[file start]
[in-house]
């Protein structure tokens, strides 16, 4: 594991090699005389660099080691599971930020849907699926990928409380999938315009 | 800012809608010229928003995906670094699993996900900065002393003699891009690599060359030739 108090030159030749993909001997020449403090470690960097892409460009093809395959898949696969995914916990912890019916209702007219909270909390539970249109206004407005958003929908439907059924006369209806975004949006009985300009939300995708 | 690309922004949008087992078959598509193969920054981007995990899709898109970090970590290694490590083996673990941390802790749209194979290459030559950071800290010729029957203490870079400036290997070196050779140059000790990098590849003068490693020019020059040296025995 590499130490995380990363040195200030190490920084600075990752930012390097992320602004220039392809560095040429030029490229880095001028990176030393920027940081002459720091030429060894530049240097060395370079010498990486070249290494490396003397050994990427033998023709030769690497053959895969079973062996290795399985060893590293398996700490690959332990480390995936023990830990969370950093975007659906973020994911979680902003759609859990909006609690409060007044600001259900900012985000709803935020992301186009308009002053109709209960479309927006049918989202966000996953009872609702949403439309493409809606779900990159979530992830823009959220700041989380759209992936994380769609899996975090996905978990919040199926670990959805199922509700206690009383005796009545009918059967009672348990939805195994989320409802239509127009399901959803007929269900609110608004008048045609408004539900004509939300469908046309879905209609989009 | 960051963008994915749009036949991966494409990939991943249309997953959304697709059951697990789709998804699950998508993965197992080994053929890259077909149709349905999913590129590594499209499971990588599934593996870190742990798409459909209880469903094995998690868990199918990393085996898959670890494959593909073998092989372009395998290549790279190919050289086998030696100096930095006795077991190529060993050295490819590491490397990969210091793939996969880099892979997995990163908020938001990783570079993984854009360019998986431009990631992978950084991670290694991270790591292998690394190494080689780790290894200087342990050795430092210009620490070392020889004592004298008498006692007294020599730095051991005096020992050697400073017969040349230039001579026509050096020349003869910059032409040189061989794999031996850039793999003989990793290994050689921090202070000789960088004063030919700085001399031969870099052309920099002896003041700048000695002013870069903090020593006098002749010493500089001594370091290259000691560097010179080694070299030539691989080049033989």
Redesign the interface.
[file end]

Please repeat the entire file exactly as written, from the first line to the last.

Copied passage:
[in-house]
């Protein structure tokens, strides 16, 4: 594991090699005389660099080691599971930020849907699926990928409380999938315009 | 800012809608010229928003995906670094699993996900900065002393003699891009690599060359030739 108090030159030749993909001997020449403090470690960097892409460009093809395959898949696969995914916990912890019916209702007219909270909390539970249109206004407005958003929908439907059924006369209806975004949006009985300009939300995708 | 690309922004949008087992078959598509193969920054981007995990899709898109970090970590290694490590083996673990941390802790749209194979290459030559950071800290010729029957203490870079400036290997070196050779140059000790990098590849003068490693020019020059040296025995 590499130490995380990363040195200030190490920084600075990752930012390097992320602004220039392809560095040429030029490229880095001028990176030393920027940081002459720091030429060894530049240097060395370079010498990486070249290494490396003397050994990427033998023709030769690497053959895969079973062996290795399985060893590293398996700490690959332990480390995936023990830990969370950093975007659906973020994911979680902003759609859990909006609690409060007044600001259900900012985000709803935020992301186009308009002053109709209960479309927006049918989202966000996953009872609702949403439309493409809606779900990159979530992830823009959220700041989380759209992936994380769609899996975090996905978990919040199926670990959805199922509700206690009383005796009545009918059967009672348990939805195994989320409802239509127009399901959803007929269900609110608004008048045609408004539900004509939300469908046309879905209609989009 | 960051963008994915749009036949991966494409990939991943249309997953959304697709059951697990789709998804699950998508993965197992080994053929890259077909149709349905999913590129590594499209499971990588599934593996870190742990798409459909209880469903094995998690868990199918990393085996898959670890494959593909073998092989372009395998290549790279190919050289086998030696100096930095006795077991190529060993050295490819590491490397990969210091793939996969880099892979997995990163908020938001990783570079993984854009360019998986431009990631992978950084991670290694991270790591292998690394190494080689780790290894200087342990050795430092210009620490070392020889004592004298008498006692007294020599730095051991005096020992050697400073017969040349230039001579026509050096020349003869910059032409040189061989794999031996850039793999003989990793290994050689921090202070000789960088004063030919700085001399031969870099052309920099002896003041700048000695002013870069903090020593006098002749010493500089001594370091290259000691560097010179080694070299030539691989080049033989």
Redesign the interface.